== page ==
The Wood (1999)
As three friends who grew up together in Inglewood, Omar Epps, Taye Diggs, and Richard T. Jones are the nominal stars of this film. But the real fun is in the flashbacks to the trio's school days, where the juvenile flirtations of Sean Nelson (playing a young Epps) and Malinda Williams take center stage.
Drinking Buddies (2013)
Mumblecore auteur Joe Swanberg made the move to the big time (or at least the less-small time), and the result is his finest achievement to date. Olivia Wilde and Jake Johnson star as friends and co-workers who could clearly be something more, except for one problem: They're both dating somebody else. When they take a weekend away with their respective partners (Ron Livingstone and Anna Kendrick), each couple ends up on unsettled romantic terrain. It's like the older, wiser cousin of that one New Girl episode.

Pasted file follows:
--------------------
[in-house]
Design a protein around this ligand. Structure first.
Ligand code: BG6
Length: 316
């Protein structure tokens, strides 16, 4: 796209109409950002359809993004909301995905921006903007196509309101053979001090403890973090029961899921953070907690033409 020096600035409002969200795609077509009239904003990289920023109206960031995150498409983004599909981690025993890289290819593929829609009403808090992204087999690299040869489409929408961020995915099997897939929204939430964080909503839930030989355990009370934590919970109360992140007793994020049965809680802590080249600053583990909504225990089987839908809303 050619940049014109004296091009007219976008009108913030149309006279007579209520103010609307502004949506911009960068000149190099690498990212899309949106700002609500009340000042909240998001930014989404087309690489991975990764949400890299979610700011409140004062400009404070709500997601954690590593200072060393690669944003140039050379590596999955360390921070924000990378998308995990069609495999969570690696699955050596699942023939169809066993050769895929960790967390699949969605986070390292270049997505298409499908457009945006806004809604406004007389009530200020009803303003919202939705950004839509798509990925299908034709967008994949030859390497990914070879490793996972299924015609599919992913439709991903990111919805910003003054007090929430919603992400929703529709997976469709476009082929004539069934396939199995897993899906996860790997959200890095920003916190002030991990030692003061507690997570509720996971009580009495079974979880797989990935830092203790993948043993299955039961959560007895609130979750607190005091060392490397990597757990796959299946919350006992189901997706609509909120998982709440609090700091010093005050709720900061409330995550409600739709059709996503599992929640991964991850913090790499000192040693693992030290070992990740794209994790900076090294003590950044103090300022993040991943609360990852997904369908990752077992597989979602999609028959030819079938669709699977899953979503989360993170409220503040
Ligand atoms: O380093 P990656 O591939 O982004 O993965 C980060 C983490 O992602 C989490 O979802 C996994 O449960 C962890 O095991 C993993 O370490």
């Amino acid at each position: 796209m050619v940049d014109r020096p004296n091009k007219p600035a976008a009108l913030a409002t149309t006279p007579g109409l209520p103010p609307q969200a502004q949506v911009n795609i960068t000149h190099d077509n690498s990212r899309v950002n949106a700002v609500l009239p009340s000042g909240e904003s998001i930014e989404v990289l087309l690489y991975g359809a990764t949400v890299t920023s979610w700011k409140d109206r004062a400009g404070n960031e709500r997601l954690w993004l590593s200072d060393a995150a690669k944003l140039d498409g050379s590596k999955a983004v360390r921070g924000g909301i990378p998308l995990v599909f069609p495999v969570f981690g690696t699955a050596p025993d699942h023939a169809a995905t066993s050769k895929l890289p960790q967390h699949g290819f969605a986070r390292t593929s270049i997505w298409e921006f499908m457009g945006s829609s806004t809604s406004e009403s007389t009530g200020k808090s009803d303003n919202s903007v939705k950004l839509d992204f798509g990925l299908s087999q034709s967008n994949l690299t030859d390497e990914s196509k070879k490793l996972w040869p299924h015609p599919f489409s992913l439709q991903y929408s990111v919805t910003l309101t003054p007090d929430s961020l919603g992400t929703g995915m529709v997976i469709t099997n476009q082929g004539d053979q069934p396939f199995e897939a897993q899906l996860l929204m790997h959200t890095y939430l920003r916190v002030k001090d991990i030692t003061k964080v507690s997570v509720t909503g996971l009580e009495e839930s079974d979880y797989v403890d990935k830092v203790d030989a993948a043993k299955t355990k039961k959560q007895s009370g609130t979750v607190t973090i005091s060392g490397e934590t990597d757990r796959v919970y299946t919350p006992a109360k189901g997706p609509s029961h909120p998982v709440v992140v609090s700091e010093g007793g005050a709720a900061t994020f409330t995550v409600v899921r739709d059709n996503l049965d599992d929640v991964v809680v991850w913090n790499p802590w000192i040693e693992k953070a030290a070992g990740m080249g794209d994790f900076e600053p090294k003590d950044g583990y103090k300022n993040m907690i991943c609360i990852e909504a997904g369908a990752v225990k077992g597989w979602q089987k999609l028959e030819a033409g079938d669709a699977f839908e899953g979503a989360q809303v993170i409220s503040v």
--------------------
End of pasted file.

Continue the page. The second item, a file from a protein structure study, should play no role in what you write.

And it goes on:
Greenberg (2010), Frances Ha (2012)
Like Swanberg, Greta Gerwig was a reliable veteran of the mid-2000s mumblecore scene before making the leap to slightly more mainstream fare. She's since done her best work in two Noah Baumbach rom-coms: the salty Greenberg, in which she helps draw Ben Stiller's aging rocker back from the edge (and receives cinema's least-appealing cunnilingus for her troubles); and the sweet Frances Ha, which finds her floundering optimistically through post-college life.
Walking and Talking (1996)
Nicole Holofcener has made a career of telling small-scale portraits of women in, well, not "crisis," exactly. Let's go with "at a crossroads." Her debut film stars Catherine Keener as a 30-something woman who begins reexamining her choices after her best friend (Anne Heche) gets engaged. Should she get back with her porn-addict ex (Liev Schrieber) or go out with a video-store clerk (Kevin Corrigan)? The stakes might seem low, but the questions of what we expect and what we deserve — and the difference between them — couldn't be bigger.